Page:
How to make sure your sandbox is good for your family

Expert Advice  |  7 months ago

How to make sure your sandbox is good for your family

Sand boxes are surprisingly controversial for something that has been a mainstay of playgrounds for decades. The first public playgrounds in the 1880s, as a matter of fact, were called Sand Gardens, and they were basically giant piles of sand dumped in empty lots where kids could play freely, but they were hugely popular. Sand play eventually became contained in sandboxes, but it is still popular today.

Most, though not all, kids love the extreme sensory nature of sand as well as how it is a perfect material for open-ended play. Kids can become completely immersed in digging, scooping and creating for long stretches of time.

Sand play has a lot of benefits for children. All the digging and scooping promotes both gross and fine motor skill, and it is particularly conducive to imaginative play as kids tend to pretend they are digging roads or making sand pies or building castles, and imaginative play  helps kids practice their language, social, and problem solving skills. There is a lot to love about letting your kids play in the sandbox (not least of which is how it can give you a little well-earned moment of relaxation while they play on their own).

In recent years, however, there have been concerns raised about the safety of sandboxes. The sand itself can be hazardous to kids. Sand sold in hardware stores that is not specifically for sandbox play may contain silica dust which can be a health hazard if inhaled. That's not to mention what can get in the sandbox with the sand, as, when left uncovered, sandboxes are notoriously attractive to neighborhood cats and other critters which can lead to parasites, and other leavings.

Fortunately, there are steps you can take to make sure your sandbox is kid-safe, and your efforts will be well worth it for all the fun and developmental benefits that your kids will get.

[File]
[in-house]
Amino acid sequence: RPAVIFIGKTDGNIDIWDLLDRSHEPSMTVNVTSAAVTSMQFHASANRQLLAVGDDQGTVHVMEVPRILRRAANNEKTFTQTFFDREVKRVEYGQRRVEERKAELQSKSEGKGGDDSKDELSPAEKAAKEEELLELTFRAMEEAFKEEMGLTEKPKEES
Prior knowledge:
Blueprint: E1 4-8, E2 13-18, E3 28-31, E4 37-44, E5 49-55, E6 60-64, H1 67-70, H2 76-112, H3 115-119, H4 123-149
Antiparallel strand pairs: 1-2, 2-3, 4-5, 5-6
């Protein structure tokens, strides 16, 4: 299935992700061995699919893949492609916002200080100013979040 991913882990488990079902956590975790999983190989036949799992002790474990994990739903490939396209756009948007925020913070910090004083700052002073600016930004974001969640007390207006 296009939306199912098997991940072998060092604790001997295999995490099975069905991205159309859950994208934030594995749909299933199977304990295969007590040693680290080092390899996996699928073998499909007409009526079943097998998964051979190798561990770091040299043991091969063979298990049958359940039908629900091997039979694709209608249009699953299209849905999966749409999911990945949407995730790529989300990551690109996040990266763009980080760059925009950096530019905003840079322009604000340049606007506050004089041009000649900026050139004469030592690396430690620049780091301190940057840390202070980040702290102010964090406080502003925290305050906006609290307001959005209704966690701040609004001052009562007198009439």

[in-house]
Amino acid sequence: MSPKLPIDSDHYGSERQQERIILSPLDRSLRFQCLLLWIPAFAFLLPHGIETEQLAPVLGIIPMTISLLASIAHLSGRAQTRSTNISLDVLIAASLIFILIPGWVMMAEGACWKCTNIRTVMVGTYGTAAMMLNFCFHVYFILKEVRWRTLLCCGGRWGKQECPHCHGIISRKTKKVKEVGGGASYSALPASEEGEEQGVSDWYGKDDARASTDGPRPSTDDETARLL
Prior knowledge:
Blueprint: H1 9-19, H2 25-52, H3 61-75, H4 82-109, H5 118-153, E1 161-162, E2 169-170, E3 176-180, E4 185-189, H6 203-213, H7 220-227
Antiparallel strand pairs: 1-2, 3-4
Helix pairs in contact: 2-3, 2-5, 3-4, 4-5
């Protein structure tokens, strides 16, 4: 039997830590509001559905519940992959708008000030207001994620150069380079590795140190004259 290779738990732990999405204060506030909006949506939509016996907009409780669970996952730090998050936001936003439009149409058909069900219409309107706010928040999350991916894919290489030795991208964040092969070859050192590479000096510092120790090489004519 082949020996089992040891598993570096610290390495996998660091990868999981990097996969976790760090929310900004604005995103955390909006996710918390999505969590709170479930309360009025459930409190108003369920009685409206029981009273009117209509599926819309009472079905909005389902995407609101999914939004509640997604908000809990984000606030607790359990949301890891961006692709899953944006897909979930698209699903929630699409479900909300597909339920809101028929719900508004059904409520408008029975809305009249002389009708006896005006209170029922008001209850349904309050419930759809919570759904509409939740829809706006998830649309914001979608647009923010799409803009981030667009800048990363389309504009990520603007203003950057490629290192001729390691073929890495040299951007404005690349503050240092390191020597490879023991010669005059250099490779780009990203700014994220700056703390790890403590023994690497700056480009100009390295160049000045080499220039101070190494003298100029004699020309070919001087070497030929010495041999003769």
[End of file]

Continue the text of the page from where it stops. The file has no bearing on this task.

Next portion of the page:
First, only use beach sand or play sand that doesn’t contain silica in your sandbox. Make sure the packaging states that the sand is crystalline silica free. You should be able to find play sand at many hardware stores including stores like Lowes.

Replace your sand at least annually, more often if you happen to find any unwanted “foreign materials” in it, and it is a good idea to rake your sandbox regularly to make sure there aren’t any of those “materials” and to shift the bottom sand to the top. Be careful to cover your sandbox anytime it isn’t in use. Most companies that sell sandboxes - including CedarWorks - will also sell sandbox covers, or you can find them at many of the big box stores. 

Many companies that sell playsets will also sell sandboxes, both separately and sometimes as a component of the playset. If you prefer to build your own box, make sure to choose building materials that are long-lasting, rot-resistant, and splinter-free. Do NOT use railroad ties that can be splintery and may be saturated with creosote, a carcinogenic material. Choose landscaping timbers or non-wood containers instead. These will be durable and safe for your family.

Owning a sandbox may require a little maintenance, but your efforts will be repaid in hours of fun and independent, creative play.

Making the Most of Sand Play, Early Childhood News

The Safe Sand Company

Sandbox Safety Tips for Children

Safety in the Sandbox, healthychildren.org

 

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